6) Airsealing and other energy savings have improved dramatically over te last 5 years. Invest in it now, before the energy spikes come.

        Yeah, there’s a lot of stuff on my list…Report

      • Avatar Kim in reply to Nob Akimoto says:

        have you tried LEDs? They dont’ flicker, I promise!Report

      • Avatar Tod Kelly in reply to Nob Akimoto says:

        Putting aside my growing frustration at this growing tendency to refer to anything less than loving caresses of liberals as “hippie punching” — which is fast becoming as clever-sounding as Taxachuesetts and The People’s Republic of [Insert Region’s Your Liberal City or Suburb Here]…

        I have to strongly disagree with you here, zic. I am pretty sure it’s the other way around.

        I think we don’t change because we don’t want to change, and that so many of us either embrace anti-science or sanctions against people who aren’t us precisely because we don’t want to change. Even the things you mentioned here were either things that didn’t require us to do anything (wind farms being built) or things we got paid to do, rather than got sanctioned for (tax incentives, which really only work for those of us who can easily afford to by the right kind of light bulbs anyway).Report

      • Avatar Kim in reply to Nob Akimoto says:

        Oh, god damn it. Are you seriously trying to tell me that spending $40,000 is GETTING PAID TO DO SOMETHING?
        I like free loan programs, I really do. But 20% off a $5,000 furnace is NOT getting paid to do it (replace your furnace early. If you wait until it breaks, it will cost you $10,000 more. Now, that? That’s getting paid to do it).Report

      • Avatar zic in reply to Nob Akimoto says:

        Putting aside my growing frustration at this growing tendency to refer to anything less than loving caresses of liberals as “hippie punching” — which is fast becoming as clever-sounding as Taxachuesetts and The People’s Republic of [Insert Region’s Your Liberal City or Suburb Here]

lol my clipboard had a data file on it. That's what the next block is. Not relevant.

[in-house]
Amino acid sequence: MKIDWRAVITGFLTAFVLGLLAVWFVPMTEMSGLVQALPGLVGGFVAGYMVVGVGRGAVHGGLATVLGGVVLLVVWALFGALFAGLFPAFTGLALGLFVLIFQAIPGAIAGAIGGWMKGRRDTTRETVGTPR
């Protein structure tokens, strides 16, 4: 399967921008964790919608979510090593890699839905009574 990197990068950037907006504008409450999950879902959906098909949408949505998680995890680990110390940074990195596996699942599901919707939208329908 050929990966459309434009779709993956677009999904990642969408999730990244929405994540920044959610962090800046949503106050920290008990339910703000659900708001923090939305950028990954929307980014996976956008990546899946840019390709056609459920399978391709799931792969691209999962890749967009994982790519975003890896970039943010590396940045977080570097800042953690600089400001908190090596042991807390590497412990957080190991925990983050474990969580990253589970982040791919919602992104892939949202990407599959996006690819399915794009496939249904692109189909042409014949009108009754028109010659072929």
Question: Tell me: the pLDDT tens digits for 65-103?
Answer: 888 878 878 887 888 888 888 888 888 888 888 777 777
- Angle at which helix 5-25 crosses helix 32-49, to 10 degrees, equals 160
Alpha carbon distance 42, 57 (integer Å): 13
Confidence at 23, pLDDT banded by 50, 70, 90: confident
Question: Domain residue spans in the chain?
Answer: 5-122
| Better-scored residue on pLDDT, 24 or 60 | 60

Yeah right. So what would you call the process of Action: liberals put forward policy to help alleviate energy waste; Reaction: that action is derided because ‘it won’t solve the problem,’ even though it’s a baby step toward a solution?

        Minimizing energy consumption isn’t just a big, self-sacrificing top-down central government problem, it’s fixing a billion small leaks, too.Report

      • Avatar Kim in reply to Nob Akimoto says:

        Can I suggest you look at the tax code for these tax credits? The only things getting anything substantial are economically unfeasible otherwise (geothermal, solar, etc.)Report

      • Avatar Stillwater in reply to Nob Akimoto says:

        Putting aside my growing frustration at this growing tendency to refer to anything less than loving caresses of liberals as “hippie punching”

        Dude, you’re way late to this game. It’s been going on for a decade or so. I’d recommend catching up quickly by getting all your frustration out in one short sharp shot so you can get back to thinking clearly again.Report

      • Avatar Stillwater in reply to Nob Akimoto says:

        Unless you just want to talk about how much liberals suck, of course. And that’s fine too. But let’s not mix things up, ya know?Report

      • Avatar Tod Kelly in reply to Nob Akimoto says:

        @zic I confess I kind of have a fork in the road with my thinking here.

        For example, when conservatives got on Al Gore’s case for making a movie about global warming when he still rode in airplanes!!!, I thought that was kind of stupid. And I still do.

        For me, there’s a material difference between what I was trying to get at above and someone (say, Gore) seeing a problem with modern society and commenting/researching/warning on that problem without somehow removing himself from modern society. And I think the very idea that we can’t take warnings seriously from someone who doesn’t live in a yurt made of cow poop and mud is not only stupid, it’s a totally disingenuous argument.

        But for me the road forks when we start talking about punishment: Who needs to be punished? Either economically, socially, politically, or — as Lawrence Torcello has pitched — criminally. That seems a very different conversation.

        And on that front, my perception is that the conversations and policy pitches tend to be that the government needs to either let me and mine have our things or pay us to replace them, but we need to fine/sanction/hold liable those on the other side of the fence for not bucking up and making the change on their own.

        Now, is that just my perception? Maybe… but it’s hard to think that perception doesn’t have a little bit of truth behind it. And since I have that perception, it’s hard for me to think that there aren’t things that drive the political issue of CC that have nothing to do with CC or it’s effects on the planet.

        Clearly, if you think that perception has zero merit then ymmv.Report

      • Avatar Kim in reply to Nob Akimoto says:

        Doesn’t seem to really be advocating much in the way of punishing the oilbarons.